Underground coal mining has been occurring in Sydney’s drinking water catchment for many decades, but in the last fifteen years the scale of mining has started harming the catchment.
In the five major drinking water catchments that are specially managed to provide drinking water for 4.5 million people in Sydney, underground coal mining is still expanding, putting at risk the future water security of Australia’s largest city
These expansion are occurring in the Illawarra, Blue Mountains, Southern Highlands, Goulburn and Shoalhaven regions, despite mounting evidence that existing mining operations are having significant impacts on the quality and quantity of water in the catchment. Read more from the 2017 study investigating these impacts here.
Longwall mining under the Special Areas of bushland that protect the creek and swamps that supply water to Sydney’s dams causes damage to the surface and has been linked to cracking and draining of rivers, creek beds and undergrounds aquifers, cliff falls, draining and collapse of swamps, fish kills, methane gas bubbling to the surface of creeks and rivers, iron oxide pollution, and the discharge of polluted mine water into local creek systems.
The catchment audit, tabled in NSW Parliament in 2017, warned “The cumulative, and possibly accelerated, impact of mining on flow regimes in the Catchment is likely linked to the increased prevalence of the current longwall methods of underground mining.”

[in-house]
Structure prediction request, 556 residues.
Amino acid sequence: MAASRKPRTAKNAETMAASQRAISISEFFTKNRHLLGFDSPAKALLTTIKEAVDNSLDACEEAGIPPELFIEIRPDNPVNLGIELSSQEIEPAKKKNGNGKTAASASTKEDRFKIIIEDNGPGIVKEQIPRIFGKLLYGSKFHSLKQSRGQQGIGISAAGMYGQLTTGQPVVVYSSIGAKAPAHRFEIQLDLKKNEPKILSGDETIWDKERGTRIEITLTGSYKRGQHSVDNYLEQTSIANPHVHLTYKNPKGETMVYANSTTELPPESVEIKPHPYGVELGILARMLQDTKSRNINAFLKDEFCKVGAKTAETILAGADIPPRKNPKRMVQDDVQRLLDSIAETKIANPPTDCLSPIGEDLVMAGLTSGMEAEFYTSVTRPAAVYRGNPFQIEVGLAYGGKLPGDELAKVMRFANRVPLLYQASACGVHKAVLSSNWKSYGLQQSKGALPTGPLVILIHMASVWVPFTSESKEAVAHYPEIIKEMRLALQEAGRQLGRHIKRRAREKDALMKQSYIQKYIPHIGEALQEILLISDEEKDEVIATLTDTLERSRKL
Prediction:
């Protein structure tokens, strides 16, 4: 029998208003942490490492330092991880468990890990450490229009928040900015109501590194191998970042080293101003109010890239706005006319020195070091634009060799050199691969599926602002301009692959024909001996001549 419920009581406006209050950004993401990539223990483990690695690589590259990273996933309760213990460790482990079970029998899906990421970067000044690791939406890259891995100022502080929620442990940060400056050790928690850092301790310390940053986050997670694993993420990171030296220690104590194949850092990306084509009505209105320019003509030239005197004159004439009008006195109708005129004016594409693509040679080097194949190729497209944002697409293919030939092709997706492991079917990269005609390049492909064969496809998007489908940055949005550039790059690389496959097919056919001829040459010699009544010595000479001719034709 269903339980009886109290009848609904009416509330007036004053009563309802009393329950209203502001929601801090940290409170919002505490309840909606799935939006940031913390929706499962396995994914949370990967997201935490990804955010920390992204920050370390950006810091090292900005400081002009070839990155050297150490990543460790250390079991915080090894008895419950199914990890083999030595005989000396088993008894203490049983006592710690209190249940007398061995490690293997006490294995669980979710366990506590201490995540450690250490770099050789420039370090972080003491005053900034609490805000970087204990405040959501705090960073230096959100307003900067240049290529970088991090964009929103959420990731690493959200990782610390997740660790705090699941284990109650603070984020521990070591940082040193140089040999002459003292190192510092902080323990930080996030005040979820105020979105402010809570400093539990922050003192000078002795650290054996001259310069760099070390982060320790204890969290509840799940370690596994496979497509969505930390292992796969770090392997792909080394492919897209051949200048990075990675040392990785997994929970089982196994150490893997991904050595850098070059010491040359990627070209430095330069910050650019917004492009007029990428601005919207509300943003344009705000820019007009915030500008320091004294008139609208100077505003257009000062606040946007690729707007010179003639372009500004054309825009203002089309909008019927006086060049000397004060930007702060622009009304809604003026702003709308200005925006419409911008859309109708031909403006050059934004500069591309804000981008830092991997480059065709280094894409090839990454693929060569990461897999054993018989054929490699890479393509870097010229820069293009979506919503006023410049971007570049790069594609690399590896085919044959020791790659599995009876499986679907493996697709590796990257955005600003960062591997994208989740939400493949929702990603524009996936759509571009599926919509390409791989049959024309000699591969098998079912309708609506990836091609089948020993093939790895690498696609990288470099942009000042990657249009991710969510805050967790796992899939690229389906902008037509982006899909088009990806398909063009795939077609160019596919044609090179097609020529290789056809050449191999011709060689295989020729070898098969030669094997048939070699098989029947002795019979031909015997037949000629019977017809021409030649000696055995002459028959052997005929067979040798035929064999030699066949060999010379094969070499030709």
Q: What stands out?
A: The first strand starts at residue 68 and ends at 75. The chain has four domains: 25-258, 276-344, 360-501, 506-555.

Expanded mining proposals in the Special Areas of the catchment, including new areas of longwalls at Dendrobium and the Russell Vale mine have been opposed by WaterNSW on the grounds they pose unacceptable risks to the water flowing into Sydney’s dams. WaterNSW has similarly expressed its concern about the Hume coal project, currently seeking approval, warning it may significantly reduce the quantity of water in the Sydney water catchment area.
In the upper reaches of the catchment, in the Blue Mountains and Southern Highlands, coal mines cause water pollution by dumping polluted mine water into creeks that eventually feed Sydney’s dams.